Such horror was depicted in the stories of earlier horror writers like Edgar Allan Poe, Arthur Machen, Algernon Blackwood, Clark Ashton Smith, H.P. Lovecraft and many others. In recent times we can feel the flavour of cosmic horror in some of the stories by notable writers like Stephen King and Neil Gaiman. But over time H.P. Lovecraft’s name has become so attached with cosmic horror that this brand of horror is now also referred to as Lovecraftian horror. Some of Lovecraft’s most famous novellas like ‘The call of Cthulhu’ and ‘The shadow over innsmouth’ tell the tales of god-like supernatural beings who have resided on this earth for centuries, prior to human race, and they are now sleeping deep under the sea and waiting patiently to be summoned back on the land by their devotees.

Usually in Lovecraft’s stories of cosmic horror the protagonist comes in touch with some archaeological remnant of these alien gods and then, lead by his curiosity, goes on an investigation to know more about them. But unfortunately, when he does succeed in finding those beings their revelation to him turns out to be of such horrific nature that he goes insane upon seeing them or in worst case ends up committing suicide. It is implied that just one glimpse of such beings is enough to invoke terror of such magnitude in humans that they end up losing their sense of self in an instant.

Cosmic horror has also been adapted in numerous horror movies. Some notable movies in this category are ‘The thing’, ‘Alien’, ‘Event Horizon’, ‘Annihilation’, ‘Color out of space’ etc. Majority of such movies depicts a story wherein humans tread too far in an unknown territory and later find themselves in presence of powerful alien entities. Against these entities they are so insignificant and powerless that they can not even defend themselves, much less fight against them.

Generally speaking, in most of the stories of cosmic horror humans are exposed to threats of such cosmic influence that they seem as helpless in front of them as is a crippled sheep in front of a giant wolf. In these stories humans are portrayed as mere roadblocks in the way of the supreme alien race and thus are meant to be disposed off without a second thought.

The charm of Cosmic Horror

Cosmic horror compels us to acknowledge our limits and these limits are what scares us. The fear of inexistence is terrifying in itself but an even bigger fear is the fear of insignificance. This fear of insignificance is what gives cosmic horror its charm. The realization that as humans we are, after all, nothing but a fragile pack of biological material with a limited life span. The universe, as we know it, is so big that in our lifetime we will never know everything, never experience everything and never be powerful enough to go beyond our limits. Our knowledge, our accomplishments, no matter how great they are will eventually be rendered meaningless in this grand expanse of eternity. Nothing we do or achieve will last forever.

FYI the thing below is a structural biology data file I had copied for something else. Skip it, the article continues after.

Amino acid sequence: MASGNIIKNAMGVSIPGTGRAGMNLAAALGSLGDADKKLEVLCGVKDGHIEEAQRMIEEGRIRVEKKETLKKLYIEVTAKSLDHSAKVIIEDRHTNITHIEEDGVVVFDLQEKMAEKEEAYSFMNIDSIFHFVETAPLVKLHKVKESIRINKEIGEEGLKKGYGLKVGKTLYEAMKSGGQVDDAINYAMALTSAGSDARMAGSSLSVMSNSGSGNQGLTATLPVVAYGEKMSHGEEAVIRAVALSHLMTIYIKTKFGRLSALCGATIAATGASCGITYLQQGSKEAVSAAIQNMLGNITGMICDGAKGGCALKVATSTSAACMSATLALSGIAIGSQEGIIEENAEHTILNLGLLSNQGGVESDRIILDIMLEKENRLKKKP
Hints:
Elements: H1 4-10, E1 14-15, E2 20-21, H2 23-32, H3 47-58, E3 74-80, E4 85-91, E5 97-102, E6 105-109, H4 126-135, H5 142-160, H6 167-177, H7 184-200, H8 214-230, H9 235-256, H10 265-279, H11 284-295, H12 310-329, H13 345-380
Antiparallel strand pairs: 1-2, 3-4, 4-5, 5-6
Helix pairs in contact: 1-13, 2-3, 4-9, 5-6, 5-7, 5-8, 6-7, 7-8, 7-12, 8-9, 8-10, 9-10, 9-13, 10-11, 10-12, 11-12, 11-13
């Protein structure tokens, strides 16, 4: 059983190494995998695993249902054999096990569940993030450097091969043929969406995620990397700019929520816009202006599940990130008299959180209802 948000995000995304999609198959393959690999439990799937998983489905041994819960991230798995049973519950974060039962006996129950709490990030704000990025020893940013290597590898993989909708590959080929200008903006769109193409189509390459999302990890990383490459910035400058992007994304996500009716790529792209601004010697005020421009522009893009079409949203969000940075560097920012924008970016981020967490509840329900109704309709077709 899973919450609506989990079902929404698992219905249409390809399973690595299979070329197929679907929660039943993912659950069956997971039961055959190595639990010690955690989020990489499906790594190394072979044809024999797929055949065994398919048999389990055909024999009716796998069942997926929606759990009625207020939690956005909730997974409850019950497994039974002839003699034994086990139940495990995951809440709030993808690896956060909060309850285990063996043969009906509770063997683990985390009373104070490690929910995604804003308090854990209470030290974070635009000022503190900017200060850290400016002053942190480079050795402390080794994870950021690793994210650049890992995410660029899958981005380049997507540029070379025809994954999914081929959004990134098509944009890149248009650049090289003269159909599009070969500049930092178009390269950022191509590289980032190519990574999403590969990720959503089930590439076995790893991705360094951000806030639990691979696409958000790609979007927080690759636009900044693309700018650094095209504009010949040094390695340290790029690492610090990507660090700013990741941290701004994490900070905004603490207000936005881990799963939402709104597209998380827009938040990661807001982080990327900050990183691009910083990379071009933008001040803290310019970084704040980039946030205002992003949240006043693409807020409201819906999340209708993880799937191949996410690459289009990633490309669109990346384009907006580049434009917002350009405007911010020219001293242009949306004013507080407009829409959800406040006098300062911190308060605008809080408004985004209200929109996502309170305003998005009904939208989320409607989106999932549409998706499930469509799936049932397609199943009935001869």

Experiencing cosmic horror may as well be regarded as ‘an exercise in invoking humbleness’, or in other words, a ‘lesson in humility.’ It may sound masochistic in nature but treating yourself to such horror can free you from the petty anxieties of your daily life. Once you have read stories of tortures performed on unfortunate souls in some hellish world then the daily monotony of your workplace will become much easier to bear. Once you have seen movies in which a tentacled monster is eating an entire city full of humans then you will be less likely to have a panic attack the next time you see a spider creeping up on your shoulder. Once you have listened to the horror tales in which one single mistake of a man leaves his family dead then you will not freak out the next time you forget paying your home loan instalment, because at its worst it will make your family just homeless. Still better than dead. (Though I would advise not to push your luck too far.)

Cosmic horror is the horror in which things go from bad to hopeless. But like every coin has another side, there exists a counter-view to every hopeless situation. Even though we may shiver at the thought of our insignificance against this vast universe, it’s also this vastness of the universe which gives us the hope that there indeed lies possibility of existence of other beings like us, who may even turn out to be benevolent towards us. It gives birth to the possibility that this world of ours is not what all there is to life. It arouses the possibility that one day, after enough advancement, we will be able to transcend our limits. If there do exist worlds greater than ours then maybe, one day, we can make our own world as great as those worlds. And maybe, in time, we ourselves can become as powerful as the things which we are afraid of today. And it is out of our fear from which will emerge our fearlessness.

Because where there is dark, there will be light. Where there is despair, there will be hope. And as long as we have hope there will always be possibilities. And possibilities are the charm of cosmic horror.